Electronic Theses and Dissertations





Document Type

Dissertation (Campus Access Only)

Degree Name

Doctor of Philosophy


Electrical and Computer Engr


Computer Engineering

Committee Chair

Bonny Banerjee

Committee Member

Eddie Jacobs

Committee Member

Madhusudhanan Balasubramanian

Committee Member

Aaron L. Robinson


This dissertation is an investigation of computational models for sensorimotor integration and word learning in pre-linguistic development. In particular, computational models are investigated for three problems: (1) acoustic-to-articulatory mapping or speech inversion, (2) speech motor skill acquisition and speech production, and (3) cross-situational noun learning. For the first problem, we show that the simpler general regression neural network model performs at par, if not better, than the state-of-the-art deep belief network in experiments with MOCHA-TIMIT and MNGU0 databases. For the second problem, we propose a developmental agent with perception (audio), action (vocalization) and learning capabilities, in the predictive coding framework. We show that, when exposed to an environment of linguistic sounds (Harvard-Haskins database of regularly-timed speech) without any external reinforcement signal, the agent learns to generate speech-like sounds (acoustic babbling followed by proto-syllables and vowels) as well as the timing for motor command execution. Random goal exploration leads to the self-organization of developmental stages of vocal sequences in the agent due to increase in complexity of vocalization. For the third problem, we investigate reinforcement learning models for early word learning. Cross-situational learning and social pragmatic theory are taken into account. As social cues, joint attention and prosodic cues in caregiver’s speech are considered. We show that, when a reinforcement learning model is exposed to a group of speakers, it comes to understand an initial set of vocabulary items belonging to the language used by the group. In standard experiments with the CHILDES dataset, the attentional-prosodic deep Q-network model outperforms existing word learning models.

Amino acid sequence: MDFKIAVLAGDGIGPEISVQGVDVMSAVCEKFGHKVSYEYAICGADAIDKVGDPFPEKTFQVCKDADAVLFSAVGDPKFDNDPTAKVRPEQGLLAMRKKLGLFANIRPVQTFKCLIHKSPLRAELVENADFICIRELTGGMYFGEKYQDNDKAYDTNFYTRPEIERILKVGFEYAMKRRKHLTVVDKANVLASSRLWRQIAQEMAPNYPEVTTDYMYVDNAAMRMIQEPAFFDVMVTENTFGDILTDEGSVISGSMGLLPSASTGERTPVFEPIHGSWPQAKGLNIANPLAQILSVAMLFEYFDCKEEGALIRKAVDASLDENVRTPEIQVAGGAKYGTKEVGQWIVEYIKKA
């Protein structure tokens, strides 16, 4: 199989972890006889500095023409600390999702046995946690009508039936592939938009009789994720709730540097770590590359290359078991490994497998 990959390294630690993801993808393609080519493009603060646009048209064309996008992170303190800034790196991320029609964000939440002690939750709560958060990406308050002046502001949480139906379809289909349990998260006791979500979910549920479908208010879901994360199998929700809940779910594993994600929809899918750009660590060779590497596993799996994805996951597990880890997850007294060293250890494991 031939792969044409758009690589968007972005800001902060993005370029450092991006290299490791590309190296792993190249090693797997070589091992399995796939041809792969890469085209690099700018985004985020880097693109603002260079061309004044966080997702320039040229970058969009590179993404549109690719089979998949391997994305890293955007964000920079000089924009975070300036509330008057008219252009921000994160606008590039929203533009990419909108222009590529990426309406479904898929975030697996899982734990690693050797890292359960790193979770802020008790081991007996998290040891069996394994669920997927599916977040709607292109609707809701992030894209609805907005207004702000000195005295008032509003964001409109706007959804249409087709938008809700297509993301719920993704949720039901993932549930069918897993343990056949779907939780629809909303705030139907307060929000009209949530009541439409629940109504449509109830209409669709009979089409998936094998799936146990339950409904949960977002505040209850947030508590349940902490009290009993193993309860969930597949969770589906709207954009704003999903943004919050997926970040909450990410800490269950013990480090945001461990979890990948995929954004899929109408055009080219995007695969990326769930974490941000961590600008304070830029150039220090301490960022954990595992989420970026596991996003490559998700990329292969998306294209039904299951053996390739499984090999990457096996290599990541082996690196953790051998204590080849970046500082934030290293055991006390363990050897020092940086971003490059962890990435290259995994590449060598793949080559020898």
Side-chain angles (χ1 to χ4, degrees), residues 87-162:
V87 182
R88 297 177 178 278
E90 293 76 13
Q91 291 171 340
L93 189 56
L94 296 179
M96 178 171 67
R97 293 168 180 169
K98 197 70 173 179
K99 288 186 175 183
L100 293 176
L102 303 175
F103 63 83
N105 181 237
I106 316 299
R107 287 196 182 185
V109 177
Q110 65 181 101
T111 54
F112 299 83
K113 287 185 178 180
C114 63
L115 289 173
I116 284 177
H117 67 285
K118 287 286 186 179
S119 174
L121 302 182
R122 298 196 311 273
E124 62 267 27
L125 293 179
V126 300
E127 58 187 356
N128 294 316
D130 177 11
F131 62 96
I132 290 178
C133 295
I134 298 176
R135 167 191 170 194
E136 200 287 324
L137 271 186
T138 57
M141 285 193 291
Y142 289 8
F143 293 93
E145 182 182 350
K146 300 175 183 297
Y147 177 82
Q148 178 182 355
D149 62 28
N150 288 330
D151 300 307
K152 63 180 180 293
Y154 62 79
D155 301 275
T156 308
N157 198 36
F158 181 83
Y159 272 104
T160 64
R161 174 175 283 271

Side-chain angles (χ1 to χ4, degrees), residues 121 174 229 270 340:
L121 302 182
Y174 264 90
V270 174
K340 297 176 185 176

Data is provided by the student.

Library Comment

Dissertation or thesis originally submitted to the local University of Memphis Electronic Theses & dissertation (ETD) Repository.